6. N.W.A - Fuck tha Police
Few bands embraced the fear-mongering media portrayal of hip-hop artists as malicious thugs in the 1980s as effectively as N.W.A. As with Body Count, they provoked the most anger by decrying police brutality in no uncertain terms. The FBI sent a letter of disapproval to the band’s management, while radio stations the world over banned airplay of the song, including the Australian Broadcasting Corporation.
The employees of the affiliated Triple J radio station responded by going on strike and playing N.W.A.'s "Express Yourself" on repeat until the ban was lifted.
5. The Beatles - Lucy in the Sky with Diamonds
The song's gist is a father singing about a picture of his son. The issue is that the father is a popular drug user and the picture's initials are that of a psychedelic drug. The title of the song is said to be a smart mnemonic for the drug LSD. This drug reference was the main reason for the ban. The song's lyrical content also has details about the band's experience on drug experimentation.
4. The Prodigy - Smack My Bitch Up
The title is enough to get it censored. The song implies approval of domestic violence and is overtly offensive to women. The themes of drugs, sex, and violence were also made explicit.
3. Dire Straits - Money for Nothing
Talk about delayed reaction. Dire Straits' 1985 mega-hit 'Money for Nothing' wasn't censored until 2011, when the Canadian Broadcast Standards Council deemed it unsuitable for airplay. The reason was frontman Mark Knopfler's use of a gay slur in the second verse. The derisive term violated the council's code of ethics and was forbidden on private Canadian radio stations. Some outlets protested the ban, due to the song's enduring popularity and that the offensive word was not used in a hateful manner. Knopfler wrote the song after overhearing an appliance-store worker's commentary while watching MTV in his shop. 'Money for Nothing' is written from this unenlightened man's perspective. The CBSC altered the decision a few months later, maintaining its stance but allowing stations to use their own discretion.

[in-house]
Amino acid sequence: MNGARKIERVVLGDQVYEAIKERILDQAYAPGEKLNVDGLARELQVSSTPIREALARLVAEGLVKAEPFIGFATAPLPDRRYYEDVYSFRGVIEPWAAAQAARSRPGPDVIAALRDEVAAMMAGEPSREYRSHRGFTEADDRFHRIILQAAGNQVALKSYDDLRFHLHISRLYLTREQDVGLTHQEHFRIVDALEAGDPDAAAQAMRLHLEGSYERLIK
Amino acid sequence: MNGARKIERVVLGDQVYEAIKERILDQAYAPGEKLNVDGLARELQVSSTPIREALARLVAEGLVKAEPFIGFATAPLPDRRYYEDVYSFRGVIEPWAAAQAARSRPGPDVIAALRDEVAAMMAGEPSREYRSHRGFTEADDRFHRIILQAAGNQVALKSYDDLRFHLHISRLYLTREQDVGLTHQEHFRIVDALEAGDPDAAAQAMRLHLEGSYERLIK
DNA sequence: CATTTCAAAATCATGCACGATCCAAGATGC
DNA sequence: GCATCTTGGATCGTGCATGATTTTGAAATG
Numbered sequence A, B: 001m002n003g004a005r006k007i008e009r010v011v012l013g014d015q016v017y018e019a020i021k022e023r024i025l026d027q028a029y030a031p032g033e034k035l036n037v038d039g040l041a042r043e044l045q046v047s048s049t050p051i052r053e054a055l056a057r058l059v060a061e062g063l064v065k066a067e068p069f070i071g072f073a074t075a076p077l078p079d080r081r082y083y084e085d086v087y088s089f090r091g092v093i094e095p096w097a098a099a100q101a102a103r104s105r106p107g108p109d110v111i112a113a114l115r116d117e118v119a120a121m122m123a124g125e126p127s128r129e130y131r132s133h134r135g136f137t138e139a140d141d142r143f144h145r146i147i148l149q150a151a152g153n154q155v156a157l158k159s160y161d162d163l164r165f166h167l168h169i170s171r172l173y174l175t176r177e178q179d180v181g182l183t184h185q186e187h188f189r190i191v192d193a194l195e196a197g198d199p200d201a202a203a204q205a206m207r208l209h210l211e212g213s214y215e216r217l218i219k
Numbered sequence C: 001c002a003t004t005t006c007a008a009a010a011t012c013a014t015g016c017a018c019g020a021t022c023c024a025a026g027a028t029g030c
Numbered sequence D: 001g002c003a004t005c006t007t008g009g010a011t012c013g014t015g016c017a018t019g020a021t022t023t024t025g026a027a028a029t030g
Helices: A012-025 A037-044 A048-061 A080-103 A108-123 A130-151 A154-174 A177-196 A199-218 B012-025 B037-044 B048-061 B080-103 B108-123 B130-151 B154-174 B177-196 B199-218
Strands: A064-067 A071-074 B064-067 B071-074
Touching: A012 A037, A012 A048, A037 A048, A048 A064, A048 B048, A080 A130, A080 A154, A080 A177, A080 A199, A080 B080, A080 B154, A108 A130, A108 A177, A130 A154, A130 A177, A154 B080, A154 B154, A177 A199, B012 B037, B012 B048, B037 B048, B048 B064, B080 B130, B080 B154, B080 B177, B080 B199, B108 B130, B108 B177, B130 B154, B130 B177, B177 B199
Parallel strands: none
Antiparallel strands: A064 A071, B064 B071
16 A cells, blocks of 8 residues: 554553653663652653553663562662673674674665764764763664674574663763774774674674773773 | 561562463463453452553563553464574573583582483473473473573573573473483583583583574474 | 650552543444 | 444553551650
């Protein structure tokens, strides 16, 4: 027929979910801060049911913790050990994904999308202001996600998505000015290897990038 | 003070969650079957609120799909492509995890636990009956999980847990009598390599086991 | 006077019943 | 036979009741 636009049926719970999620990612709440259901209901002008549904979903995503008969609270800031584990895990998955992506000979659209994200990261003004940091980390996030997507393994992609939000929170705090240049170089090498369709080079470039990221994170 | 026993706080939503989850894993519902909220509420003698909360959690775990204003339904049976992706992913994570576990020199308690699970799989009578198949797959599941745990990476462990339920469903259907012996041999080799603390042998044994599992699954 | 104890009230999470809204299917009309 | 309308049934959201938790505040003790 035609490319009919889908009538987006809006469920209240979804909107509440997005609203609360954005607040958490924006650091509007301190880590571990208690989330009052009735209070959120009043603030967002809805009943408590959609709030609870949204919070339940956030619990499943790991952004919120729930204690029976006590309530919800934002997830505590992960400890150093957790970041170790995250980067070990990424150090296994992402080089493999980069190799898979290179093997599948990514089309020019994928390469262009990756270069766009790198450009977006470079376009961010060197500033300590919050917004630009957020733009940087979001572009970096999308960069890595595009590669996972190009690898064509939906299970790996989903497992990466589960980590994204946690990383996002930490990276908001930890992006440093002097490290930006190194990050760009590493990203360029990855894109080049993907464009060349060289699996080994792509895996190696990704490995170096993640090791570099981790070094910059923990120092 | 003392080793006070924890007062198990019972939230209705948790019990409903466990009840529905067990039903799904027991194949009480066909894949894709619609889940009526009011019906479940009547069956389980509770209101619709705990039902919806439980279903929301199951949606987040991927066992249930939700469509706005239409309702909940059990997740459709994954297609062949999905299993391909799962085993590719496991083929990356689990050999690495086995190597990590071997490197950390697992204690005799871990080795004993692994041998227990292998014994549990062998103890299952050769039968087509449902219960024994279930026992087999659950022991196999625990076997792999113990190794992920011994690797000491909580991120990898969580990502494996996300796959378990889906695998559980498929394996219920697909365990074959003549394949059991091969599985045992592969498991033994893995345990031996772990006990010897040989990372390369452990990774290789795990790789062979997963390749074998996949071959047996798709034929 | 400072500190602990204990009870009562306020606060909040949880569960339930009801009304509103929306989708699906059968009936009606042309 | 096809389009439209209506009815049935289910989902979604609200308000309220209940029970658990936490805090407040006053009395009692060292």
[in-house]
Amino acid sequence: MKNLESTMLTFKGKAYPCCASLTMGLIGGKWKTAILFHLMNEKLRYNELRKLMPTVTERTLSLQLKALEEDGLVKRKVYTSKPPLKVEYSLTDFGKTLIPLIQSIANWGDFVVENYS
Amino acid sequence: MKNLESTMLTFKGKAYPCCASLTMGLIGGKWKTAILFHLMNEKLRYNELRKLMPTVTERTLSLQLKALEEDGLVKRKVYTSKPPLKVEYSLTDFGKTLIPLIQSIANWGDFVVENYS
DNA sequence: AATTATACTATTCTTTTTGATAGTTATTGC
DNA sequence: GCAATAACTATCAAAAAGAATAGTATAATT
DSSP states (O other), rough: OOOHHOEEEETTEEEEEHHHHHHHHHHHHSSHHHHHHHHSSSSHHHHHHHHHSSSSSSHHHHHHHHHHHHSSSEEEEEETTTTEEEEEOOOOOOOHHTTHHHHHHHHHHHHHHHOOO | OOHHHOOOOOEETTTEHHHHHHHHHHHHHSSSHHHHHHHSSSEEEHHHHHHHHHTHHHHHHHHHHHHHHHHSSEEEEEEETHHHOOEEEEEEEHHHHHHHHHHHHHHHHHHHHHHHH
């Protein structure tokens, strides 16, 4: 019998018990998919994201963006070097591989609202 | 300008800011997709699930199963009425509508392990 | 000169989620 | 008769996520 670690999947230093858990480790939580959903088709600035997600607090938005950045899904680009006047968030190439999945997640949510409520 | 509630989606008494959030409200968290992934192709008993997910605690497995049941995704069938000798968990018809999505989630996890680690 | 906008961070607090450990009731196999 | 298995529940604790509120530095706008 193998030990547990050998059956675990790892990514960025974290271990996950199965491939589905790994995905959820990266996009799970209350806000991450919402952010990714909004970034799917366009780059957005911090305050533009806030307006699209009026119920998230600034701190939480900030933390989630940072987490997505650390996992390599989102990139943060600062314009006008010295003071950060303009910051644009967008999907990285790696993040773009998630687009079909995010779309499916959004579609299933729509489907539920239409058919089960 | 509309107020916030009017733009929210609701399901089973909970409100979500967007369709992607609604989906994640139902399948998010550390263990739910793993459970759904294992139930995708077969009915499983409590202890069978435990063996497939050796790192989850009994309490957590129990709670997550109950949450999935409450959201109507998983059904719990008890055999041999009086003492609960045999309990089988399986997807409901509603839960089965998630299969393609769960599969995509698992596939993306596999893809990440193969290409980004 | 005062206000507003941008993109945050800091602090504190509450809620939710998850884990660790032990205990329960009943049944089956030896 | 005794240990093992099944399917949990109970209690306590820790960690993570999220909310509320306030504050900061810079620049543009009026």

2. Frankie Goes to Hollywood - Relax
Now onto the thorny and very un-British subject of sex. "Relax... when you wanna come" sang the band from Liverpool and earned themselves a ban from the BBC on the basis of obscenity. The DJ Mike Read was the first to notice the sexual imagery on the sleeve and take it off the turntable live on air. The subsequent ban ensured the record shot to number 1 and stayed there for 5 weeks.
The song later featured in the film "Zoolander", where it was used as a trigger to assassinate the Prime Minister of Malaysia. Now, THAT'S controversial!
1. Sex Pistols - God Save the Queen
Many bands go extra careful to avoid getting their music dismissed. But Sex Pistols just flaunted a song that's a sure ticket to the banned list. The band swore on live TV and explicitly talked about the fascist regime of the Queen in her Silver Jubilee year.